Age of Analogue

  • Photography Paul Smith

A dive into designer Paul Smith’s retro-tech world, playful mementos of what the modern used to look like

In among the snowdrifts of cycling jerseys, cliffs of books and magazines, tin toys, cameras and ornamental rabbits, one strand of Paul Smith’s ever-multiplying collection of collections is an assortment of analogue-era artefacts. Despite having been made technologically redundant by the digital explosion, they remain a powerful reminder of what the modern world used to look like.

Phonola radio, Livio Castiglioni

The analogue signals that would once have brought the original Algol 11-inch portable TV set (designed in 1964 by Marco Zanusso and Richard Sapper) to life, have been switched off now. Although such is its charm that Brionvega now makes a set with modern electronics inside the moulded plastic shell. It belongs to the early days of transistors and cathode ray TV tubes and was designed as a portable object, rather than a piece of furniture, as larger television sets were still seen at the time. Zanusso was a distinguished architect, while Sapper went on to design the famously distinctive Tizio desk light, and the Think Pad, IBM’s first laptop computer.

Toy dog looking at Algol 11-inch portable TV set by Marco Zanusso and Richard Sapper

What made the Algol so cute is the way that the up-turned screen not only makes for easier viewing when it’s placed on the floor, but as Zanusso once suggested, it resembles a pet dog, looking expectantly up at its owner.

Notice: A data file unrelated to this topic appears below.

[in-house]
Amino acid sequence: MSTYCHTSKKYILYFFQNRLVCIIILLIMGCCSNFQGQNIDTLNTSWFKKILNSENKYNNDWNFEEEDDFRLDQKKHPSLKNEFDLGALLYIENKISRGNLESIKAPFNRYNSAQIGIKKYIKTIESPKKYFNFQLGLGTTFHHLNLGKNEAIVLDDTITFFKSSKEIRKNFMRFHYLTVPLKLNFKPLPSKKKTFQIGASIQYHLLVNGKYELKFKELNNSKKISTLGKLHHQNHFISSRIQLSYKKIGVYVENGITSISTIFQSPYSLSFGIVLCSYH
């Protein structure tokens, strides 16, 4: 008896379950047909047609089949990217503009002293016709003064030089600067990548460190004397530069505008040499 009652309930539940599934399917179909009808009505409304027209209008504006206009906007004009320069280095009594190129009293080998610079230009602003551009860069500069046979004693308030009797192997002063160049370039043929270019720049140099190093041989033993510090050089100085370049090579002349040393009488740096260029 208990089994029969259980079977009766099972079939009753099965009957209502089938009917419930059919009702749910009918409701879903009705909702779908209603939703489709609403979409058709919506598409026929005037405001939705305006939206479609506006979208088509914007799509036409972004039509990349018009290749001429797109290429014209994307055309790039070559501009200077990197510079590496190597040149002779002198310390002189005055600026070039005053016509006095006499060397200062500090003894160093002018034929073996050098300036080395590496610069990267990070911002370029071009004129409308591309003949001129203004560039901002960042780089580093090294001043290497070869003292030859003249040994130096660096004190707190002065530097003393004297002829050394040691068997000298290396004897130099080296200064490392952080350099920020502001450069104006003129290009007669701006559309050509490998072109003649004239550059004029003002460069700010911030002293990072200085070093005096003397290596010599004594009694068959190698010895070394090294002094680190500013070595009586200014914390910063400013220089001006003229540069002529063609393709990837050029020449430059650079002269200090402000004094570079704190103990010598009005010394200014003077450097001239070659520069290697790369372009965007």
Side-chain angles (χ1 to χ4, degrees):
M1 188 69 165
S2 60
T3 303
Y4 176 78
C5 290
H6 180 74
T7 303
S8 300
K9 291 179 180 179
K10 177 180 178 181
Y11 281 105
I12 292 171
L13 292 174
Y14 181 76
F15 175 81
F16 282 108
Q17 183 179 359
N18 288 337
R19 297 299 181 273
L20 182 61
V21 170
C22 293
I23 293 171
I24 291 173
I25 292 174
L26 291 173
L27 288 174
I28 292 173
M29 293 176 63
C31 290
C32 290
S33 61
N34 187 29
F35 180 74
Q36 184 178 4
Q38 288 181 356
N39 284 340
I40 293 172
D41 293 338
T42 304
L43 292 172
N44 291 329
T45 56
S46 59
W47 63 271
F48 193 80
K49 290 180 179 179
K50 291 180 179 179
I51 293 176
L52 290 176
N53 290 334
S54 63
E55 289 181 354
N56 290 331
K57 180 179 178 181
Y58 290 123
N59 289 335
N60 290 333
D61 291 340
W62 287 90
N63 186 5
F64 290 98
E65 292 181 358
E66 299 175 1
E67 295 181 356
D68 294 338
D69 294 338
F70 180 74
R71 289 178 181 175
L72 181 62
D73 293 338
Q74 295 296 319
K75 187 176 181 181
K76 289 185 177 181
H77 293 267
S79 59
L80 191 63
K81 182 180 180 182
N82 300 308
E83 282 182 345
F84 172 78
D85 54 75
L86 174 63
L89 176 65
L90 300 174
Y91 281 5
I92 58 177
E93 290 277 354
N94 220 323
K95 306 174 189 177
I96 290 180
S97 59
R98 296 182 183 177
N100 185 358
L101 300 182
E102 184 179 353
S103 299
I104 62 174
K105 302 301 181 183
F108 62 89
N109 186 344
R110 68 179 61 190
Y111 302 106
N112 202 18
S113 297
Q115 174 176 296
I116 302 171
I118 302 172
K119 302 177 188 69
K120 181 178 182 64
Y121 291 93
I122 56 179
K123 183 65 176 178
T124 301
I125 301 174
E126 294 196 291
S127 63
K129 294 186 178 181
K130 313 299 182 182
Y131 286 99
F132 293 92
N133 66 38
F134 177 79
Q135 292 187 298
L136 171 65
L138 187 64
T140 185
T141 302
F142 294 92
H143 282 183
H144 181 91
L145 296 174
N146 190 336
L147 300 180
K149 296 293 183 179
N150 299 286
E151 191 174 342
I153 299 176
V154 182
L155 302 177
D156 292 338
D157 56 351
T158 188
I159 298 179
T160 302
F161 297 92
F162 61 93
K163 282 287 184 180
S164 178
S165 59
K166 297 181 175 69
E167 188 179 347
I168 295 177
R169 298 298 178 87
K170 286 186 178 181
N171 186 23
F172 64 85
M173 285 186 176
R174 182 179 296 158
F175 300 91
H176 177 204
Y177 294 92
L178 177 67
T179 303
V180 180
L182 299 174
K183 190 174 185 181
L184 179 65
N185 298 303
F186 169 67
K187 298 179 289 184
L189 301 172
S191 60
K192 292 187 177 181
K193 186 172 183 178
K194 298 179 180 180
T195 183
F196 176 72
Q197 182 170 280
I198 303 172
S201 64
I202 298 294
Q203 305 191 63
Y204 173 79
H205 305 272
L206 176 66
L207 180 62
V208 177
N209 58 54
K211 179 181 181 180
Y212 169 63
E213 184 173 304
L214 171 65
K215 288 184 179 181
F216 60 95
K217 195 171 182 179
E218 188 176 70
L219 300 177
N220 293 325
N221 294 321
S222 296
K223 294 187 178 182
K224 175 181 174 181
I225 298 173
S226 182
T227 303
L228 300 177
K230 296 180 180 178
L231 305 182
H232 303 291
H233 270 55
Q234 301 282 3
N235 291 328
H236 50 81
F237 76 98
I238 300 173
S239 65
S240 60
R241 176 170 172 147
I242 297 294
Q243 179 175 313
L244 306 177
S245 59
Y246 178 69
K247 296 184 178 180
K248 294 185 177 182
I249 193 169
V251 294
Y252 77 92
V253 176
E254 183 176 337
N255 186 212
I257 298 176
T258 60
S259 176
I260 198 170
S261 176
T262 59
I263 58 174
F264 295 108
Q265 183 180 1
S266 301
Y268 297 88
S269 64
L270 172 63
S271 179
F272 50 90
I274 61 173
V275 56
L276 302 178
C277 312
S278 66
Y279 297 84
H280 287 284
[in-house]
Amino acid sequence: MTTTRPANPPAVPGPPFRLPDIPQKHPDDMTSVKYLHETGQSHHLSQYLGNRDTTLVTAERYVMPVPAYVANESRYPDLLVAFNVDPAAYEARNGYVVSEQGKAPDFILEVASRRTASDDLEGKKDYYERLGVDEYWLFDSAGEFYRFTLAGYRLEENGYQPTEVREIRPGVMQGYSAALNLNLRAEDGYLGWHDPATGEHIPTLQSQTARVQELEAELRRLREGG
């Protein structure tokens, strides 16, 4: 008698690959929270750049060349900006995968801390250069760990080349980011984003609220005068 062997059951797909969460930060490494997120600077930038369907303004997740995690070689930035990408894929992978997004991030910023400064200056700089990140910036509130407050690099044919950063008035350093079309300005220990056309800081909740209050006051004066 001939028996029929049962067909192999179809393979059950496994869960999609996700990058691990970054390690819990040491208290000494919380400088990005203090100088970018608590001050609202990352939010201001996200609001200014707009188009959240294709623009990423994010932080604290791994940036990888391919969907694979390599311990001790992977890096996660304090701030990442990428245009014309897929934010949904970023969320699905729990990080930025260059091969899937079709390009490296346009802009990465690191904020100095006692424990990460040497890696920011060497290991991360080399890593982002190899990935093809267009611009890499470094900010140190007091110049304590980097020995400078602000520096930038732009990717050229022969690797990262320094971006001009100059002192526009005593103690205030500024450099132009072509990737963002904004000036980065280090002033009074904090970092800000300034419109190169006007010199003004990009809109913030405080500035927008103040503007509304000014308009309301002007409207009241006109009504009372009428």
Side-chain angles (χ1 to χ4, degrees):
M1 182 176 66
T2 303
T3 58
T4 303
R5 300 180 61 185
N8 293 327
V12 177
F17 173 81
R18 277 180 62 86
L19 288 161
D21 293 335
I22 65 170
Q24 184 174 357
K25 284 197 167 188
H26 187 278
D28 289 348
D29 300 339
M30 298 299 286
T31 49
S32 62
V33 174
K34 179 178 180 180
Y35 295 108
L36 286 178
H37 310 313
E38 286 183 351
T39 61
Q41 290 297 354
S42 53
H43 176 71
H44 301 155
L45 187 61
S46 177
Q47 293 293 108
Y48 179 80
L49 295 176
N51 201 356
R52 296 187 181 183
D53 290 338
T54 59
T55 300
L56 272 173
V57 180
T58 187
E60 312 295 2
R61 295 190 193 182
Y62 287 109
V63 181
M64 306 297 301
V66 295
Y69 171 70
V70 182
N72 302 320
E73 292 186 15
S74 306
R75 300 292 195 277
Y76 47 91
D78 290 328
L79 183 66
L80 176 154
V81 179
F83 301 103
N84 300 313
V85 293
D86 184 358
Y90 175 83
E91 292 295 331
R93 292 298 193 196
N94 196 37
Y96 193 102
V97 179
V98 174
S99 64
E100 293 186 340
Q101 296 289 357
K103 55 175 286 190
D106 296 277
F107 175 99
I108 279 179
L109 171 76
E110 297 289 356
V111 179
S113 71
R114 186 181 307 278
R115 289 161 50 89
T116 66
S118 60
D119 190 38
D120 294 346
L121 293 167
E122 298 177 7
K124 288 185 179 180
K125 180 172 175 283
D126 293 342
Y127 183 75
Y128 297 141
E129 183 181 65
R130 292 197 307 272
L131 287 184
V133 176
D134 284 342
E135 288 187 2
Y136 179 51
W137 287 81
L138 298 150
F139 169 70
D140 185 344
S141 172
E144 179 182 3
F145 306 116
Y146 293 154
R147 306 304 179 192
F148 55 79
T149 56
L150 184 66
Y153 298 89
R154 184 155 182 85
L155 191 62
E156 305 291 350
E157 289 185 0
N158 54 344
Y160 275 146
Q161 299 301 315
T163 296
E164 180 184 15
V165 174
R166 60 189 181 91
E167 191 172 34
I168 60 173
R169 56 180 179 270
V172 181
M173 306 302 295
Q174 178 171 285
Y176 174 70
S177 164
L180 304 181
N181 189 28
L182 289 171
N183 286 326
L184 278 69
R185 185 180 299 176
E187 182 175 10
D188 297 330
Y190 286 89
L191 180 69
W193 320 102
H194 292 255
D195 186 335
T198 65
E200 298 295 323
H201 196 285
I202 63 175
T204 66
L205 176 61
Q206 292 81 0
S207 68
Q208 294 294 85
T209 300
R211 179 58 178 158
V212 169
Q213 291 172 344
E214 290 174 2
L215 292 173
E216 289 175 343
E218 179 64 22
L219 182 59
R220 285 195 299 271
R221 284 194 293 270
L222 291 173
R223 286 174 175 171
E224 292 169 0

Italy’s designers have a long history of giving machines a personality. That goes back to the oldest radio in Smith’s collection, the Phonola, designed in 1940 using moulded Bakelite by Livio Castiglioni.

Yamaha cassette deck, Mario Bellini

And it was another Italian designer, Mario Bellini, that Yamaha asked to put his signature on the distinctive wedge-shaped cassette deck that for a moment seemed like the last word in music technology.

Part of the reason for Japan’s temporary domination of the world market in consumer electronics was the strategy adopted by Sony to use a strong design language, or rather multiple languages. Matt black was intended to signal precision and reliability for its short-wave radios, yellow was associated with sport. It was also happy to adopt a much gaudier range of colours aimed at attracting attention to its users. Its competitors, especially Pioneer, responded with their own versions.